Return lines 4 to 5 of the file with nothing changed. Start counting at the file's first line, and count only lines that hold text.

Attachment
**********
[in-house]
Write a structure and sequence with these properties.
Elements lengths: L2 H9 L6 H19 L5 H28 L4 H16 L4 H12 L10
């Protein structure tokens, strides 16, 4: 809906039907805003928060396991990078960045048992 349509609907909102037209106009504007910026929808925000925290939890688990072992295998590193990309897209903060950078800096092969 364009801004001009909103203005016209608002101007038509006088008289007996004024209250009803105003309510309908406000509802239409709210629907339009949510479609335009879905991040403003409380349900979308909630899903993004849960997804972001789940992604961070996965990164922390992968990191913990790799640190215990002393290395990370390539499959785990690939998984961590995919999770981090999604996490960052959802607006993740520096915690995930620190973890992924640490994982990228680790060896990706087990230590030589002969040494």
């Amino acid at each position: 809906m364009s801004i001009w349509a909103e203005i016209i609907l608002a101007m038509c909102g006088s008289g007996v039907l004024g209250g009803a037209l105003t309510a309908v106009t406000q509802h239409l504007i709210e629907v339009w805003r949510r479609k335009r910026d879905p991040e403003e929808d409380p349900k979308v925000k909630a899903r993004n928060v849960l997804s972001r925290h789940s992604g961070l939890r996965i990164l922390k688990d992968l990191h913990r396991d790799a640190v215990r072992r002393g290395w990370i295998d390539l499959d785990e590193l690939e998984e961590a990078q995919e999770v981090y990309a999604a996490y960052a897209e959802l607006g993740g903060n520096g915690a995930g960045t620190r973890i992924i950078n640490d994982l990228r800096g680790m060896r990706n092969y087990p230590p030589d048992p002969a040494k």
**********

């Protein structure tokens, strides 16, 4: 809906039907805003928060396991990078960045048992 349509609907909102037209106009504007910026929808925000925290939890688990072992295998590193990309897209903060950078800096092969 364009801004001009909103203005016209608002101007038509006088008289007996004024209250009803105003309510309908406000509802239409709210629907339009949510479609335009879905991040403003409380349900979308909630899903993004849960997804972001789940992604961070996965990164922390992968990191913990790799640190215990002393290395990370390539499959785990690939998984961590995919999770981090999604996490960052959802607006993740520096915690995930620190973890992924640490994982990228680790060896990706087990230590030589002969040494």
């Amino acid at each position: 809906m364009s801004i001009w349509a909103e203005i016209i609907l608002a101007m038509c909102g006088s008289g007996v039907l004024g209250g009803a037209l105003t309510a309908v106009t406000q509802h239409l504007i709210e629907v339009w805003r949510r479609k335009r910026d879905p991040e403003e929808d409380p349900k979308v925000k909630a899903r993004n928060v849960l997804s972001r925290h789940s992604g961070l939890r996965i990164l922390k688990d992968l990191h913990r396991d790799a640190v215990r072992r002393g290395w990370i295998d390539l499959d785990e590193l690939e998984e961590a990078q995919e999770v981090y990309a999604a996490y960052a897209e959802l607006g993740g903060n520096g915690a995930g960045t620190r973890i992924i950078n640490d994982l990228r800096g680790m060896r990706n092969y087990p230590p030589d048992p002969a040494k």